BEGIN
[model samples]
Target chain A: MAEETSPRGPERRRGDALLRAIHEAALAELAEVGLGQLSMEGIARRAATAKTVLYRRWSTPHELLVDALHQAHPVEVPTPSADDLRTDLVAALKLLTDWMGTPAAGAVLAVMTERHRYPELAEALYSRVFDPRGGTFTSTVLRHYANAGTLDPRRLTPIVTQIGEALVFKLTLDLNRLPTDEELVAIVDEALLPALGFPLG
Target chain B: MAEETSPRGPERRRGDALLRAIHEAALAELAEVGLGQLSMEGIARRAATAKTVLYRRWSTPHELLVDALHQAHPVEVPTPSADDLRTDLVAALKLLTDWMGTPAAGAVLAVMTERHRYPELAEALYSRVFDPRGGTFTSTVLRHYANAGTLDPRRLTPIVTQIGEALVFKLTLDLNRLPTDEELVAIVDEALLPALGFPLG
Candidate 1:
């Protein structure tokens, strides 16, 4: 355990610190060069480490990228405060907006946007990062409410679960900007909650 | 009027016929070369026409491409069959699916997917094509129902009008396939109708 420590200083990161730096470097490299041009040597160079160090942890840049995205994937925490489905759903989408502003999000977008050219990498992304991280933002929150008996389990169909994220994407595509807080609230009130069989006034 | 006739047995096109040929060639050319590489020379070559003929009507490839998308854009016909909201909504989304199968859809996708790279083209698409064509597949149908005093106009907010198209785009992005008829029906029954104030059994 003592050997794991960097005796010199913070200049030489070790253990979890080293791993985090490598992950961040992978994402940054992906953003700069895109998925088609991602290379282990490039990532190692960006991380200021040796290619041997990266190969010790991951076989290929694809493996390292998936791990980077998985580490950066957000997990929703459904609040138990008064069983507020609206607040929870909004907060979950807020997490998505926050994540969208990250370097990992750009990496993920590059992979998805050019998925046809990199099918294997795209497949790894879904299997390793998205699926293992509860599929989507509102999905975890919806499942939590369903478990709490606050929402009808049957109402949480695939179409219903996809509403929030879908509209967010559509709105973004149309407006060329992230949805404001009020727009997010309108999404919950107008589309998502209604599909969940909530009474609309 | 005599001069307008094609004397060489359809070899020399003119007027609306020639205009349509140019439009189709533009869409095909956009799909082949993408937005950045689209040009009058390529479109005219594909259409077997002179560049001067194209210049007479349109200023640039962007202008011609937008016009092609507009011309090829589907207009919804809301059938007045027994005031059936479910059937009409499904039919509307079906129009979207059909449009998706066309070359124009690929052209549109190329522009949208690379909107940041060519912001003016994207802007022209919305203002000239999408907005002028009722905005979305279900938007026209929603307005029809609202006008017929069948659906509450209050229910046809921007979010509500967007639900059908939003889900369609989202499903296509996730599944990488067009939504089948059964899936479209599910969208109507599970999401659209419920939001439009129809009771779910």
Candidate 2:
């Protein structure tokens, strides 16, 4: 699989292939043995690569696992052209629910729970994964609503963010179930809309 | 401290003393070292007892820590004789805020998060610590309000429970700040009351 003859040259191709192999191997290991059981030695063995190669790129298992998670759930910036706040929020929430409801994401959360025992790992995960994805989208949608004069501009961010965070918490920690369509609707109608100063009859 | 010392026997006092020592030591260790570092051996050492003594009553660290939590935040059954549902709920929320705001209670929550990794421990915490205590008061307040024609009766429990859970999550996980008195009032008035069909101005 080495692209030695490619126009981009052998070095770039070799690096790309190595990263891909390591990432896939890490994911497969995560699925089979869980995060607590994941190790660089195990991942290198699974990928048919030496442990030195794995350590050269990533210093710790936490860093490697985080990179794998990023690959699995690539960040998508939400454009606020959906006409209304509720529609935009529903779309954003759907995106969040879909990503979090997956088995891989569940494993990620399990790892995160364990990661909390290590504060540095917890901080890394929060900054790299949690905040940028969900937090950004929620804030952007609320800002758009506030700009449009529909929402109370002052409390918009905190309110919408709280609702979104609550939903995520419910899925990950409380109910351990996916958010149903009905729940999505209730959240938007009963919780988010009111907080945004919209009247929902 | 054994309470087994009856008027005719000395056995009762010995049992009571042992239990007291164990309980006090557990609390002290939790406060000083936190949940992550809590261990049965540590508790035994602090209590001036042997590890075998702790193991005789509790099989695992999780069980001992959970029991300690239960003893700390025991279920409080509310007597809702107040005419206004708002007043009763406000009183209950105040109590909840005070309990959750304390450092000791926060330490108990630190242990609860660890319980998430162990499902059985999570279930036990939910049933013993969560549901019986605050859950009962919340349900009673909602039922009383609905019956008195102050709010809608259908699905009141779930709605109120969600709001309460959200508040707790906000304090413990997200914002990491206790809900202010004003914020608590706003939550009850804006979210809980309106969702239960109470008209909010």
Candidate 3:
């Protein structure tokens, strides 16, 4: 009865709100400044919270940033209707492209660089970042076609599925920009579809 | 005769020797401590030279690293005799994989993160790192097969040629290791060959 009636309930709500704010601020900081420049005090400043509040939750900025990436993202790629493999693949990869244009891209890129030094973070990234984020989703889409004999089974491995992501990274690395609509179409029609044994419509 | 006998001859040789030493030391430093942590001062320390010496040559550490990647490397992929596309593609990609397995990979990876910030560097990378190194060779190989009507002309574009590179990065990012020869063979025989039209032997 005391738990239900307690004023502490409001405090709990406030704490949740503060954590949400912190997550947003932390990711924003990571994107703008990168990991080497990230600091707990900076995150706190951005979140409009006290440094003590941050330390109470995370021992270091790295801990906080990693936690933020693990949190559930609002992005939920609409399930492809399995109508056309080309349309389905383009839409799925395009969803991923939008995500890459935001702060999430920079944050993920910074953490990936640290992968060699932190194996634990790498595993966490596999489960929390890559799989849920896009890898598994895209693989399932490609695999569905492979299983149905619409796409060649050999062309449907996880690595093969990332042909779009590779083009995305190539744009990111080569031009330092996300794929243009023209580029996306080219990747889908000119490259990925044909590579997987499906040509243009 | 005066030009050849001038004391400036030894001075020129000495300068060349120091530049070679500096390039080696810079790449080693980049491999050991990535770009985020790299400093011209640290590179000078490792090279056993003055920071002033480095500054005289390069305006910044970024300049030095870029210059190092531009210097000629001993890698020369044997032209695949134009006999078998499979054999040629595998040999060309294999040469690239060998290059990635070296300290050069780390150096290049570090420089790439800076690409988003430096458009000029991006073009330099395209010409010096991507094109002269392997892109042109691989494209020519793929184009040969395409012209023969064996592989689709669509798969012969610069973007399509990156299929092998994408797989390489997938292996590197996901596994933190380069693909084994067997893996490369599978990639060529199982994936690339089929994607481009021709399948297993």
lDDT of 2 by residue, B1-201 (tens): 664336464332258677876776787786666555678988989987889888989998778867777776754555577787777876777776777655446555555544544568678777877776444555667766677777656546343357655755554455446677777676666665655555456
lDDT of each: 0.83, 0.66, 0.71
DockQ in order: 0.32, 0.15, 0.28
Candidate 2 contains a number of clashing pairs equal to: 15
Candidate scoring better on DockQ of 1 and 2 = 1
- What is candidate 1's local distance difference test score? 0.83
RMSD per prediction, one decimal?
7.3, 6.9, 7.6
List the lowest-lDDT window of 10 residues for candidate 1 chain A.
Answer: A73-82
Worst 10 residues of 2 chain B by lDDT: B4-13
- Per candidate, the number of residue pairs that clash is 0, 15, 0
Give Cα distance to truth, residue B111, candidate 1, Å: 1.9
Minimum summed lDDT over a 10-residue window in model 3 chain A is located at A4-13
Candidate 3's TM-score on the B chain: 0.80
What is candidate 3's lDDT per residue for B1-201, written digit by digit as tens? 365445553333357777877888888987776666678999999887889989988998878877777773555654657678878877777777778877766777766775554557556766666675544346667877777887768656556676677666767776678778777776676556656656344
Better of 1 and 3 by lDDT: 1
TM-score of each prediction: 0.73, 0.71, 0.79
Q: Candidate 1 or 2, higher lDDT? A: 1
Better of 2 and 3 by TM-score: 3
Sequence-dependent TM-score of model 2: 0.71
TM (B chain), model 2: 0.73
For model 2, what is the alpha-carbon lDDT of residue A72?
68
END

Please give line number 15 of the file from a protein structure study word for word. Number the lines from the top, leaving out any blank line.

- What is candidate 1's local distance difference test score? 0.83